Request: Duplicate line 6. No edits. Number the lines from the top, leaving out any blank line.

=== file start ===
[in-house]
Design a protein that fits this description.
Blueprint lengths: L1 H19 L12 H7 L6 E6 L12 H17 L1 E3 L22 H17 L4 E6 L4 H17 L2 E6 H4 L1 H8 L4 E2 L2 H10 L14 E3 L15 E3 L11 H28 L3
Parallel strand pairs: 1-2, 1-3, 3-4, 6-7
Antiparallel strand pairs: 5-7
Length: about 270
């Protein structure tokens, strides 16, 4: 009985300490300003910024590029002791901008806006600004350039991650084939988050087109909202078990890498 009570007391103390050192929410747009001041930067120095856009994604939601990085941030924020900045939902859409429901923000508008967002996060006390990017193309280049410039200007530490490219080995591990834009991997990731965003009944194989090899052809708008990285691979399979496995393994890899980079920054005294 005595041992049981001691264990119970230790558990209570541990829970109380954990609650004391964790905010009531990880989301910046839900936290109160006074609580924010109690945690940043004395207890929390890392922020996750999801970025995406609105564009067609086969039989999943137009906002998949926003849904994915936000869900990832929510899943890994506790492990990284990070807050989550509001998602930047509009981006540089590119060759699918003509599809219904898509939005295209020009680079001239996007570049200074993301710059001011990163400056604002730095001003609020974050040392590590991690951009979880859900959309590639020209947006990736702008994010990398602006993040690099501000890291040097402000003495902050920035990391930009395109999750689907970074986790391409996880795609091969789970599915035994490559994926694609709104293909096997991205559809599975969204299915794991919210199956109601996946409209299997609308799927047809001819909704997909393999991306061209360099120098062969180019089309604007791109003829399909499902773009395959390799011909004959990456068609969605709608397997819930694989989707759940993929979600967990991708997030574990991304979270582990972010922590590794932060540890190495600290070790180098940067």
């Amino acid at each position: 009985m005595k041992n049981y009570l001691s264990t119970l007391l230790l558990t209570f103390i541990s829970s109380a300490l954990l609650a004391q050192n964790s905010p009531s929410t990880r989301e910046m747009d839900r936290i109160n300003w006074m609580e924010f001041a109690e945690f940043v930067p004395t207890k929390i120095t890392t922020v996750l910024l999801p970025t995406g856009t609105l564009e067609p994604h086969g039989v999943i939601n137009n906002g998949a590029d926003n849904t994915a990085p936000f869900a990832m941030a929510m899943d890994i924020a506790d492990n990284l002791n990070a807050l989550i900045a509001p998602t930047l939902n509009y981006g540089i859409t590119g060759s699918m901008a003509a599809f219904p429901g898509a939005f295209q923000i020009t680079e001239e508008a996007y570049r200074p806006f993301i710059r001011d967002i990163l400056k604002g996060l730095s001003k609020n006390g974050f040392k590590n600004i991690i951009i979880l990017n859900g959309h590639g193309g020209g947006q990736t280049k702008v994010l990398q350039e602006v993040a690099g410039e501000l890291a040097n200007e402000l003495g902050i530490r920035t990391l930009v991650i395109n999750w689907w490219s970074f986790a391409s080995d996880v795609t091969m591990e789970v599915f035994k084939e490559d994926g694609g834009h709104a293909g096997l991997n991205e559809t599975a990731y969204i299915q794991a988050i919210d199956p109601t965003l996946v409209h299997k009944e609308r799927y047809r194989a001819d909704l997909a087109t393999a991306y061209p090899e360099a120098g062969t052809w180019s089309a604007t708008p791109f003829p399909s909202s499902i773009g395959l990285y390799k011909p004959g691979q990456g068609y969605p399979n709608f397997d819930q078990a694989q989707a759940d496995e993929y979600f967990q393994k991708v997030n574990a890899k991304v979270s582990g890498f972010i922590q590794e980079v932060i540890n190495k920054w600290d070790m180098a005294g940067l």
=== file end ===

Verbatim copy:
Length: about 270